Steam path damage, particularly of rotating and stationary blading, has long been recognized as a leading cause of steam turbine unavailability for large fossil fuel plants worldwide. Turbine problems cost the utility industry as much as one billion dollars per year. Failures of blades, discs, and rotors in both fossil and nuclear steam turbines, represent a serious economic loss of availability and reliability for electric power generation suppliers and other energy supplies worldwide. Turbine problems such as deposition and erosion of blades can result in severe efficiency losses, resulting in significant economic penalties. The primary objective of this paper is to provide a methodology to identify the underlying damage or failure mechanisms, determine the root cause, and choosing immediate and long-term actions to lessen or prevent recurence of the problem.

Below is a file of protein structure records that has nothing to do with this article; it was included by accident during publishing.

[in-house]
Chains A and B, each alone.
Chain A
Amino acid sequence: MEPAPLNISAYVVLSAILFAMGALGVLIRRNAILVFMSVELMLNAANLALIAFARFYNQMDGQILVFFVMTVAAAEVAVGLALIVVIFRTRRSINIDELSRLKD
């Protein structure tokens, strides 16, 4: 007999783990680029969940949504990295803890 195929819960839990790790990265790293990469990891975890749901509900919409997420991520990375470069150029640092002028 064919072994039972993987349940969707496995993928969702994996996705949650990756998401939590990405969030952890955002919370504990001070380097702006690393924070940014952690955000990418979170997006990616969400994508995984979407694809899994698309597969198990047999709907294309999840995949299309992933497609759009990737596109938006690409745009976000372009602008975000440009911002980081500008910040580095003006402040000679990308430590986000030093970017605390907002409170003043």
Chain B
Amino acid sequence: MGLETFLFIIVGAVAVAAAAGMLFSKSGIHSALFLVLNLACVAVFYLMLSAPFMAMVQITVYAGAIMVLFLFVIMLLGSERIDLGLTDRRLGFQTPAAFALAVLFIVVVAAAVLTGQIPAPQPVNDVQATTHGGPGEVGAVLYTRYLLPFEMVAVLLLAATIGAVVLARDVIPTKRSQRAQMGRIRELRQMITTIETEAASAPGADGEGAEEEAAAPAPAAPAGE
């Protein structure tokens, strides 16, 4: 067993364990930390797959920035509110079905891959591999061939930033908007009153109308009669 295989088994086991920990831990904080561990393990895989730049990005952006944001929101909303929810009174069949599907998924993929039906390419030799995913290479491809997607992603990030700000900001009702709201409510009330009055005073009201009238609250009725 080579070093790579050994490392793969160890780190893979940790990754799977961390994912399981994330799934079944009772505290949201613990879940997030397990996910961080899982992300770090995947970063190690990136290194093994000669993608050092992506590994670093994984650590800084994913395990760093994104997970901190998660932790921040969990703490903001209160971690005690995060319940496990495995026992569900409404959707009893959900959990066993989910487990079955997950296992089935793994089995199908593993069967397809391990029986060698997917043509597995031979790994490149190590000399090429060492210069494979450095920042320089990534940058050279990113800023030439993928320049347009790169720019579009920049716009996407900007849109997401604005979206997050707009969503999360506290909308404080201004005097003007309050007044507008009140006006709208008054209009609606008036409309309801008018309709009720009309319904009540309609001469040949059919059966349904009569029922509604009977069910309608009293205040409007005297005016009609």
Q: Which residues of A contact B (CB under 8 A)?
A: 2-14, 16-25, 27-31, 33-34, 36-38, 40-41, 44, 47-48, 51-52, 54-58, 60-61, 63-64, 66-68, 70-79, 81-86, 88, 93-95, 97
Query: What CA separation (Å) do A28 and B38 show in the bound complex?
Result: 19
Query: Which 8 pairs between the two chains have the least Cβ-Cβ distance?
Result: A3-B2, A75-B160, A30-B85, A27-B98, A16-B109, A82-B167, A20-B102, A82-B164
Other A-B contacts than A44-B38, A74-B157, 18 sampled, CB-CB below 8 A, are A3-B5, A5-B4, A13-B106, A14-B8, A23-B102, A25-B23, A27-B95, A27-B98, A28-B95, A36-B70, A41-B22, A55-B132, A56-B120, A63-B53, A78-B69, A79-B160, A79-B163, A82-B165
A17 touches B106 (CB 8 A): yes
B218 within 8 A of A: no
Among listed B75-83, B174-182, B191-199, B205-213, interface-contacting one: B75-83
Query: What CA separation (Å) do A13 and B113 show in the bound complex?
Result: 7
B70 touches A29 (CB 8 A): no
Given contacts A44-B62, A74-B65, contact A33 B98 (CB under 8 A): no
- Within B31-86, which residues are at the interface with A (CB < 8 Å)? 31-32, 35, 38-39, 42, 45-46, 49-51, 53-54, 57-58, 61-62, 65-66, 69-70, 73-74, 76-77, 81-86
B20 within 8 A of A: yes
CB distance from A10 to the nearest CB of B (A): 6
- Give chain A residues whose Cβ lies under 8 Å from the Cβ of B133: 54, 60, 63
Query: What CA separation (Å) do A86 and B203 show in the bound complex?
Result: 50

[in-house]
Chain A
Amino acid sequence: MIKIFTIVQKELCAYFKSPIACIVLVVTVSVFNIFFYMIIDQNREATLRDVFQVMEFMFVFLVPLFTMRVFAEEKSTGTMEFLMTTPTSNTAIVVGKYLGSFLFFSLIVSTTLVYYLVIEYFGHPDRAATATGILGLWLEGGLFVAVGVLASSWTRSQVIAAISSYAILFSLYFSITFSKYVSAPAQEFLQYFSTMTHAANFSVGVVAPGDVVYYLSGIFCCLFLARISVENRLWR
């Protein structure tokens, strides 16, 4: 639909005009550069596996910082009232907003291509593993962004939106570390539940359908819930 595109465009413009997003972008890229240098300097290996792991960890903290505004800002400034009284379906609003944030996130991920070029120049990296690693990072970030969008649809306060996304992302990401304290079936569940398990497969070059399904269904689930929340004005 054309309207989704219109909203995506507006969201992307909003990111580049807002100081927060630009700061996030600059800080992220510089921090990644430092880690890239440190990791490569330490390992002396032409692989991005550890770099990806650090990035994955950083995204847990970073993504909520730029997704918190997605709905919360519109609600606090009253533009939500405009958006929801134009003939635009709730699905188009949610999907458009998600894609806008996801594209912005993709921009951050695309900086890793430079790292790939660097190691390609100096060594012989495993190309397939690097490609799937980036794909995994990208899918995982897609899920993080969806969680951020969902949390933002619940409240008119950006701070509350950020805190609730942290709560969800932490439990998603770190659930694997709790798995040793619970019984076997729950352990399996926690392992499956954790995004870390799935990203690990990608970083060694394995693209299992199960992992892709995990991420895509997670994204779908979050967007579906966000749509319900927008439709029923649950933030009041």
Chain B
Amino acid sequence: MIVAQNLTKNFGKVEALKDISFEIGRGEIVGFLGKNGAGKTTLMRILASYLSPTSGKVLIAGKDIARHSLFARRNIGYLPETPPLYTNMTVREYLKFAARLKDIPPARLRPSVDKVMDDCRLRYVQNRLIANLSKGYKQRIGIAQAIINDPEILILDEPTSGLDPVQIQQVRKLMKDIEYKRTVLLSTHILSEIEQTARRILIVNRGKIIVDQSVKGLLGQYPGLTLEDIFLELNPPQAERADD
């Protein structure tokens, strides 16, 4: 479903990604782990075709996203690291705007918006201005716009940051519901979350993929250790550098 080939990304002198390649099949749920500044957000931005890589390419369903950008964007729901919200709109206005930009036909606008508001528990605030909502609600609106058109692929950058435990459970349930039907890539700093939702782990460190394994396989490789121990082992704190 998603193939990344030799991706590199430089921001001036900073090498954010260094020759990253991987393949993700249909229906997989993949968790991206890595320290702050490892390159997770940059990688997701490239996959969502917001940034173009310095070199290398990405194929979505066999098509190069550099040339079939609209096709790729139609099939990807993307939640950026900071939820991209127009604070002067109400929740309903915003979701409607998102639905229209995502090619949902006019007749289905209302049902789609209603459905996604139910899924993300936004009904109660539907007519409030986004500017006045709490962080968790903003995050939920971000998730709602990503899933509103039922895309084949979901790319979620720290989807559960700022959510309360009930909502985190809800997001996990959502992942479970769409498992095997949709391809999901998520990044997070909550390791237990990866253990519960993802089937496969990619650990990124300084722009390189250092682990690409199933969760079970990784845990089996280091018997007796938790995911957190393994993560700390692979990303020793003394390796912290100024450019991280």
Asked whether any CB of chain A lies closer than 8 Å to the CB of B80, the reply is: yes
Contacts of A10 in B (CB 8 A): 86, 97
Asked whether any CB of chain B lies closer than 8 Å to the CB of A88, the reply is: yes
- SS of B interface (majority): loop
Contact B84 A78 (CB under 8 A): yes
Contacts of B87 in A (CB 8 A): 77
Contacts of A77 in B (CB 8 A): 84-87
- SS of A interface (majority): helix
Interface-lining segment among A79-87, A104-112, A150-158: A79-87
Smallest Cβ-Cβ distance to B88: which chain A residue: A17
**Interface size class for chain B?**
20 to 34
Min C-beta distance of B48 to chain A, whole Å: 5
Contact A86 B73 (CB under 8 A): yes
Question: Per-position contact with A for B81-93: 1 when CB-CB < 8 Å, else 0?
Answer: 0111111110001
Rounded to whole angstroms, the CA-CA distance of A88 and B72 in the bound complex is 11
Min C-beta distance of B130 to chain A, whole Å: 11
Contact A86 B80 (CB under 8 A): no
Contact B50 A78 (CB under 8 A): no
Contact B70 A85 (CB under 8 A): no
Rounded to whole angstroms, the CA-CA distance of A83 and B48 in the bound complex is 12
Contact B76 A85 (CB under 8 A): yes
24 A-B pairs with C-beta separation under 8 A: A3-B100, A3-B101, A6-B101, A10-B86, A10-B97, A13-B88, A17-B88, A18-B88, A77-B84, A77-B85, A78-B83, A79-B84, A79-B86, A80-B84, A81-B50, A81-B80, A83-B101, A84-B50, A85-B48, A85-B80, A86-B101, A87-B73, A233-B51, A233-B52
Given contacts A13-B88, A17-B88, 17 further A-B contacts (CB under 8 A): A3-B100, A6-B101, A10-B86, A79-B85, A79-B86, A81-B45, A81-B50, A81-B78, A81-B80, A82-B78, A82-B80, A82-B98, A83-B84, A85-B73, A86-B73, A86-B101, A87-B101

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Troubleshooting Turbine Steam Path Damage
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McCloskey, T. "Troubleshooting Turbine Steam Path Damage." Proceedings of the 2002 International Joint Power Generation Conference. 2002 International Joint Power Generation Conference. Scottsdale, Arizona, USA. June 24–26, 2002. pp. 513-528. ASME. https://doi.org/10.1115/IJPGC2002-26108
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